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@peternlewis - I never knew this option (“with format”) existed, and I really wish I had, because it really would have been useful. I’m actually kind of ticked off that this incredibly useful option is hidden.
I’ve mentioned this before (I think), but I think the decision to hide these types of “options” in the the context menu is a mistake. I’m not talking about the kinds of things most options have, like timeouts and such - I’m talking about options like this one, that are fairly unique.
It reminds me of one of the first-generation graphic PC games, where you had to move the cursor around until you got lucky and stumbled across some hidden treasure. That’s if you’re smart enough to look for the treasure in the first place.
Please consider having these types of options be visible by default. If you think it just clutters up the interface, personally, I don’t care - I’d much rather know an option exists than worry about a few extra pixels being take up. If you really care about the “clutter”, add something to toggle the options visible or hidden - the presence of the toggle glyph itself would be clue enough that more options exist.
Is there any chance you could supply a list of actions with these types of hidden features? Because if not, I’m going to have to go through every single action and look for them. Once I’ve found them, I’ll add them as separate “favorite actions” using my KMFAM macro. But that only solves the issue for me.
You guys (as in @DanThomas and @JMichaelTX) need to remember that you are in a very small minority of Keyboard Maestro users.
For most users, Keyboard Maestro is initially overwhelming, they take one look an run off without realising how much value they could get out of it. Choices like this are designed to improve things for them (and yes, at your expense because pretty much all choices benefit someone at the expense of someone else). Folks like you who are experts at Keyboard Maestro can train yourself to pay attention to the blue circle or learn the features other ways - that is not an option for novice users.
On top of that, there is a strong and steady trend out of Apple to make things cleaner at the expense of being less discoverable, and whether you like that or not, I have to follow Apple’s lead or be left behind.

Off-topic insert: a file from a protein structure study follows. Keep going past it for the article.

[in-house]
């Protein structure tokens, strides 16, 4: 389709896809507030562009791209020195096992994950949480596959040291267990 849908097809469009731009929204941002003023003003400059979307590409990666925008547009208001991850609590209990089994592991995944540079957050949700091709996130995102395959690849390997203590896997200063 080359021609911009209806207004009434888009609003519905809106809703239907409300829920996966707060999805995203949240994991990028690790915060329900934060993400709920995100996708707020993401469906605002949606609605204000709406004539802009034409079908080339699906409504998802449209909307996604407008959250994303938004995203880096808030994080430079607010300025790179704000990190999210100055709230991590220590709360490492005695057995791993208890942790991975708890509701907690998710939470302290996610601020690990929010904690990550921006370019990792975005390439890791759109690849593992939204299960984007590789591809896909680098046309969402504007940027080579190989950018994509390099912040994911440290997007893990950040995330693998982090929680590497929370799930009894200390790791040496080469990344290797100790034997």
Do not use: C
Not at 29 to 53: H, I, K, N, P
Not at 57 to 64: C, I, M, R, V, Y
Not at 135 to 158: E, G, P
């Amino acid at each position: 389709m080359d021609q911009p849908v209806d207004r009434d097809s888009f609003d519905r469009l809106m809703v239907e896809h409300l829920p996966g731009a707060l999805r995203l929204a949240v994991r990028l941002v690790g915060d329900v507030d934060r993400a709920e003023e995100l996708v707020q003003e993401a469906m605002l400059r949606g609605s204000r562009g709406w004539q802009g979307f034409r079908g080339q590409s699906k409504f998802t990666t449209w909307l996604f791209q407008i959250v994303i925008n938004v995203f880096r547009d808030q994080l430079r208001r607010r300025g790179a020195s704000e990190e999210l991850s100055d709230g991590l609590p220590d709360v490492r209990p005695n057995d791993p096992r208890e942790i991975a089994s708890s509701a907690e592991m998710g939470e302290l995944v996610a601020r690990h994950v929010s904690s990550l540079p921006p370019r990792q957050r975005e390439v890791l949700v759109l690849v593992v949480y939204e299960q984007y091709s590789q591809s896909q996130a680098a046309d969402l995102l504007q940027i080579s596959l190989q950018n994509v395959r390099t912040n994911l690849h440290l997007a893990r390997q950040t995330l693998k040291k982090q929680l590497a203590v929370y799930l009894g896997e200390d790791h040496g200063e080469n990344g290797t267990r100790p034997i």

So I would not hold your breath for anything that “really stands out”.
I’m not sure that you "have to follow Apple’s lead or be left behind."
Of course, you have to make the design decisions that will benefit your business, but within that I believe there is considerable leeway.
I believe that a balance that can, and should be, struck between aesthetics and functionality. Apple is also famous for the statement “form follows function.” I personally believe that some Apple UI designers have strayed to far from this fundamental UI design principle.
So, with a combination of KM Preferences and balanced design, I believe you can keep the UI “clean” but still offer great functionality. Some apps even offer a “simple” mode and an “advanced mode”.
If a Mac user has no experience at all in programming, then I can see how the KM UI might be initially intimidating. I would suggest two things to address this issue:
More videos on getting started, and on creating basic macros, and then some videos on advanced usage.
While there are a number of 3rd party videos, they are not structured to lead the user properly
They need to have a consistent style and process
Provide wizards to lead the user through the construction of a macro:
A great example is the interview wizard used by TurboTax
This would ask the user a series of questions, each based on the previous answer, to help the user identify the purpose/objective, and then the data sources and triggers.
I know this is much, much easier said than done, but I really believe it could be a big help to non-programmers.
####One final thought. KM suffers from a name (“Keyboard”) that immediately causes the potential user/customer to think it is very limited, when in fact it is quite broad:
Text Expansion – Provides extensive text expansion capability, from simple text substitution to complex snippet generation using scripts and user interaction
App Launcher – from simple to complex (think of using @DanThomas’ search macros)
Workflow Designer – from a few simple steps to very complex, multi-macro, multi-scripts
Built-in integration with all Mac scripting languages
Web Page Control and Data Extraction – From simple page display to auto-fill of online forms to scraping of data both visible to the user and hidden in the HTML code.
Built-in integration with access to and control of Safari and Google Chrome
Custom Web Applet (i.e. HTML Prompt)
I know I’ll telling you what you already know, but you need to find a way to clearly communicate and market this to potential users (and existing users).
It just hit me that maybe it would be helpful to move from a primary terminology of “macros” to “workflows”. Just a thought.
Sorry for the long post. Hope you find it helpful.